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CleverBeerPun

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Hello,

I brewed a blonde ale yesterday, and my mash temp was 9 degrees below the target 150. At the sixty minute mark I had a positive iodine test so I let the mash sit for another 75 minutes. At the end of the second wait period I again had a positive iodine test. So, I decided to move forward with the sparge and just accept that my beer would likely be much drier than expected. At the end of the sparge I decided to perform another iodine test and this time the test was negative. My pre-boil O.G was 1.028 - lower than the 1.034 Beersmith calculated.

TL;DR - Should I be hopeful of the final sugar-profile of the mash given that I did finally get a negative iodine test result at the end of sparging?
 

TheMadKing

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You likely had a mash temp that was so cool that you had little fermentable sugar produced at all. However, if you used hotter sparge water, you may have had conversion occurring during your sparge, so it's really hard to say. What was your actual OG? (post boil)
 
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CleverBeerPun

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My post boil OG was 1.052 but Beersmith says it should have been 1.036.
I scaled this recipe (https://www.homebrewtalk.com/showthread.php?t=42841) down to 5 gal batch size.

I performed a single infusion of 2.5 gallons and divided my batch sparge water into 3 steps, total sparge volume was 4 gallons (I ended up collecting 5 gallons in the boil kettle before using the final quart of sparge water).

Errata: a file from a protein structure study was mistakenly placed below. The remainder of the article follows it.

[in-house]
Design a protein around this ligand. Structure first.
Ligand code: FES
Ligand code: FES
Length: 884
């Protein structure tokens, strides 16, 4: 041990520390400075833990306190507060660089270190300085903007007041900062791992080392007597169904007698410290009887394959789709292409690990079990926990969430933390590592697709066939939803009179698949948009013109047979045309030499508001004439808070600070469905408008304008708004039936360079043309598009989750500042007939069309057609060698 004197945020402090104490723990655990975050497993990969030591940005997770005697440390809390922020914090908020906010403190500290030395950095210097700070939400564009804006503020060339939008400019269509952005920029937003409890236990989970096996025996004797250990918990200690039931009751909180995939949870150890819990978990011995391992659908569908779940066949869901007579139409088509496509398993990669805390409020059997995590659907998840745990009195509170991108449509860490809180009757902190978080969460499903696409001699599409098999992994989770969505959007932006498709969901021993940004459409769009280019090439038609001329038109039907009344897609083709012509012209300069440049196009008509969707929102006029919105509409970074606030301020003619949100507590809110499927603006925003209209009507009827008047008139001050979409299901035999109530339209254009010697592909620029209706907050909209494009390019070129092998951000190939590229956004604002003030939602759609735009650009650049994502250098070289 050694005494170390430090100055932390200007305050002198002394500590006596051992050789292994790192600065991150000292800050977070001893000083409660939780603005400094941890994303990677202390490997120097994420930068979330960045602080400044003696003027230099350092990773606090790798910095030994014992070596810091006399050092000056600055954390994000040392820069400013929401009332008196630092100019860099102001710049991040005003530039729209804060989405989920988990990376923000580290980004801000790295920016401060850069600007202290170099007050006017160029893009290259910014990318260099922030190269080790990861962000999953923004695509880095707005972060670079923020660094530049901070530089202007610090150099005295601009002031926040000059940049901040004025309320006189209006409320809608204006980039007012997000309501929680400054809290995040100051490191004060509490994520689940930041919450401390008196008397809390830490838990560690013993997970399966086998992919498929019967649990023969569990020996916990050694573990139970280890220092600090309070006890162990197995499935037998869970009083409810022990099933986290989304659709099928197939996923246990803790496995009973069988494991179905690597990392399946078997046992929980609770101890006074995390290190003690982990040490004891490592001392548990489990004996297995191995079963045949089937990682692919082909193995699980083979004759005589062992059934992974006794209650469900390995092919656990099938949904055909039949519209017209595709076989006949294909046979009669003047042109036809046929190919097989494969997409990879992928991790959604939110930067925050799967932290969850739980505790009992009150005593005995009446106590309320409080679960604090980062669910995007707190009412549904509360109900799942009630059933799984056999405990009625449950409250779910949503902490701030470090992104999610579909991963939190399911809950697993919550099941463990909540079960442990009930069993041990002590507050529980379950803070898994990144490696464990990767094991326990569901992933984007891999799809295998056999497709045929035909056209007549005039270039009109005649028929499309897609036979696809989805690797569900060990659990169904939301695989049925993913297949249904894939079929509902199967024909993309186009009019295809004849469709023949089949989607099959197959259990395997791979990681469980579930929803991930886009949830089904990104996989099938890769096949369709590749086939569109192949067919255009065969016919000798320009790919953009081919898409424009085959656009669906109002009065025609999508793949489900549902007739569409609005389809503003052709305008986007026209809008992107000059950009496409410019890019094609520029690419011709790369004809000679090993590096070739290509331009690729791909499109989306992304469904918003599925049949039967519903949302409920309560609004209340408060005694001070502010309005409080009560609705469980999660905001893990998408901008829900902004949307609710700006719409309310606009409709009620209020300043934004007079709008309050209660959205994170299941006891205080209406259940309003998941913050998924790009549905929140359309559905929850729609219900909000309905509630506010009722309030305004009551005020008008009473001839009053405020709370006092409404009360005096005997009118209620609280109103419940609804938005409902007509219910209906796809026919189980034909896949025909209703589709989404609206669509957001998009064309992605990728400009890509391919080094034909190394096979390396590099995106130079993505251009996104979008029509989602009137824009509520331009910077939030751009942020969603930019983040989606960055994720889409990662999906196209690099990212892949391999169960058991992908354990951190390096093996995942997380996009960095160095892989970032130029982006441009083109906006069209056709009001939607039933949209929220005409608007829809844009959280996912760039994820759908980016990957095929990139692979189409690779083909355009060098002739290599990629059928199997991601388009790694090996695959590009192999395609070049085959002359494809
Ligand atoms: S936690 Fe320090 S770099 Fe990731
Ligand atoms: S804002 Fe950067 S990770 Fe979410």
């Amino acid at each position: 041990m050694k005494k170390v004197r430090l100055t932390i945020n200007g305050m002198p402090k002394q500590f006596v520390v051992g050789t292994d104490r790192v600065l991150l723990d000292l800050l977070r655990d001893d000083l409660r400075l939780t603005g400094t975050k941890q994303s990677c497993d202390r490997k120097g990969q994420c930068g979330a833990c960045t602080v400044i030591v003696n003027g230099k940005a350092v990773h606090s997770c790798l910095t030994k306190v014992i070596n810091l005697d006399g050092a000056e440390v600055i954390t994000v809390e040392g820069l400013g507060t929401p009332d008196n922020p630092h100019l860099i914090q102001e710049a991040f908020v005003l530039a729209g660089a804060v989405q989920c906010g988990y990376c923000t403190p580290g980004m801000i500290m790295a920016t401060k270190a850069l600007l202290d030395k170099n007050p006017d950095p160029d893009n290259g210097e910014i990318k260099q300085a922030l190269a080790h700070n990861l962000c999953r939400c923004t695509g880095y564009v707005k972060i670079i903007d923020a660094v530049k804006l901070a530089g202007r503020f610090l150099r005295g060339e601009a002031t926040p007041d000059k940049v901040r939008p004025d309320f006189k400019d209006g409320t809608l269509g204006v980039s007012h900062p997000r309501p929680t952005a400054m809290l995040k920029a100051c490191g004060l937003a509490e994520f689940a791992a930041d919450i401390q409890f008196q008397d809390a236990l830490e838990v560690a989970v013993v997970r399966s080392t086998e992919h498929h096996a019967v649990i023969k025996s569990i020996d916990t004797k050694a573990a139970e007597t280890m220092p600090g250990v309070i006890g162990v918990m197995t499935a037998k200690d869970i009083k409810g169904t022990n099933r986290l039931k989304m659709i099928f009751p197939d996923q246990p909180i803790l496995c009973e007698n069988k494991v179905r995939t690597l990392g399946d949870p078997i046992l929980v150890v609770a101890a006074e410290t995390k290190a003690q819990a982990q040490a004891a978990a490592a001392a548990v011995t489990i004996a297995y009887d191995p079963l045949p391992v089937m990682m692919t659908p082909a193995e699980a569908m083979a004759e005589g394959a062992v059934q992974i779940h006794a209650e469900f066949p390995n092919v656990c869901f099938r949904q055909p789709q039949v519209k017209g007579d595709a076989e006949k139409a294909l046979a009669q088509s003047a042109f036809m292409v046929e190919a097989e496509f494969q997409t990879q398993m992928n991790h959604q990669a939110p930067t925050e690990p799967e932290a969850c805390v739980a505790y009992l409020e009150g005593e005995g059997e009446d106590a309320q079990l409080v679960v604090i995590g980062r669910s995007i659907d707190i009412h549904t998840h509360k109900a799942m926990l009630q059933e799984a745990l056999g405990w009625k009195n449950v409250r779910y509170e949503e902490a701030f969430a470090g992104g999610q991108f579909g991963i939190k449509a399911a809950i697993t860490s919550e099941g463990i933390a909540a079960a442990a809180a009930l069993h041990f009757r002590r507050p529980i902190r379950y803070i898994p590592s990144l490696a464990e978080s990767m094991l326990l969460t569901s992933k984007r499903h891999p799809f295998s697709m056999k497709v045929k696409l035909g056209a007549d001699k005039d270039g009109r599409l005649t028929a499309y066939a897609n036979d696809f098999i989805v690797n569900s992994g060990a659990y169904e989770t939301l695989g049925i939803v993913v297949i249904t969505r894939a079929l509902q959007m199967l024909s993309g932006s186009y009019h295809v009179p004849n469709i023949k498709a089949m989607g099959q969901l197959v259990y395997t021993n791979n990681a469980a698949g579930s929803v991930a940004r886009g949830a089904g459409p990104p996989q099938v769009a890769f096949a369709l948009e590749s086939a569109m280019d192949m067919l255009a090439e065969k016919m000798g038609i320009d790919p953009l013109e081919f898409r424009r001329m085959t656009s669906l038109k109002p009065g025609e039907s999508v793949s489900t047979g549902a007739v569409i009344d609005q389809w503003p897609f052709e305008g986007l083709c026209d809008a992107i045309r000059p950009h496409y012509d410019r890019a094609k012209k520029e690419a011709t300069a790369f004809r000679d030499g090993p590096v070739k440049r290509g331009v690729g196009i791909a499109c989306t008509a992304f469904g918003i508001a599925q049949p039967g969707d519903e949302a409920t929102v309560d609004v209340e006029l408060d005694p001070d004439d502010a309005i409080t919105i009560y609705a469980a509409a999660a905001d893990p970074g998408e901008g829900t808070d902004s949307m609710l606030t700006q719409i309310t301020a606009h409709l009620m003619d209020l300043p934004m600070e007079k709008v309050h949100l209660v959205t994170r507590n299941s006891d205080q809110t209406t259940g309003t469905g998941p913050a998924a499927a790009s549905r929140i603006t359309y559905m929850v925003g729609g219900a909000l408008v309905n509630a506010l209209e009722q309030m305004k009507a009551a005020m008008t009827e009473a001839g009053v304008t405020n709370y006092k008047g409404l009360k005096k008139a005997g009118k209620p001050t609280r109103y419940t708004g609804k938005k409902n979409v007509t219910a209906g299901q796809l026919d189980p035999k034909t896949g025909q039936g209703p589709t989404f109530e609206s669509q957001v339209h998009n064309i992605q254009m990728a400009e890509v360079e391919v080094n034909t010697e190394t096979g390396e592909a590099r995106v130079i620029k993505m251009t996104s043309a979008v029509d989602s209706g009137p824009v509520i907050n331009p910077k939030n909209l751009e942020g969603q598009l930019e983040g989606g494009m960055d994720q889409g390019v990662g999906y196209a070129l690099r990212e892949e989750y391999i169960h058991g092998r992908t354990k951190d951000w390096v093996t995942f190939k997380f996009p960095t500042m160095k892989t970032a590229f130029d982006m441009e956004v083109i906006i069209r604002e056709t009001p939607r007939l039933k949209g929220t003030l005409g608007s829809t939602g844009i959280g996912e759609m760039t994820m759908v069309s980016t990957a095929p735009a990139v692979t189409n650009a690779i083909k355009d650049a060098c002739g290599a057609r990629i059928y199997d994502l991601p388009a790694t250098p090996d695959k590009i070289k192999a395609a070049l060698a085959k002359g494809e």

Also, the boil was 60 minutes.
 
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TheMadKing

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My post boil OG was 1.052 but Beersmith says it should have been 1.036.
I scaled this recipe (https://www.homebrewtalk.com/showthread.php?t=42841) down to 5 gal batch size.

I performed a single infusion of 2.5 gallons and divided my batch sparge water into 3 steps, total sparge volume was 4 gallons (I ended up collecting 5 gallons in the boil kettle before using the final quart of sparge water).
Also, the boil was 60 minutes.

That doesn't really add up... I think you must either have a measurement error or a bad input into beer smith. Your preboil gravity should always be way lower than your post boil gravity. Not the .002 beersmith was saying.

Did you measure the gravity of hot wort? Hydrometers only work at their calibrated temp, which is usually 68 degrees. Temperature compensation formulas are pretty inaccurate too.

Make sure to double check all your beersmith numbers and look for mistakes in your inputs or volumes.

Can you post your exact recipe too? I've had issues with the way beersmith scales recipes.
 

jrcrilly

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If you had the boil time properly entered, there is no way that Beersmith would predict 1.034 preboil and 1.036 postboil. That would indicate very nearly zero boiloff. What were your actual pre- and post- boil volumes?
 
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CleverBeerPun

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Thanks for all of the feedback!
I made sure to cool both gravity samples to 60F (whats printed on my hydrometer) via my kegerator prior to measuring.
I think I may have a fundamental misunderstanding here - I thought post boil OG would always be higher than pre - loss of liquid but retention of solids.
Here is the recipe:

6.38 lbs 2 row
.68 lbs dextrine
.46 lbs crystal 10L
.46 Vienna

.23 oz centennial (55 mins)
.23 oz centennial (35 mins)
.23 oz cascade (20 mins)
.23 oz cascade (5 mins)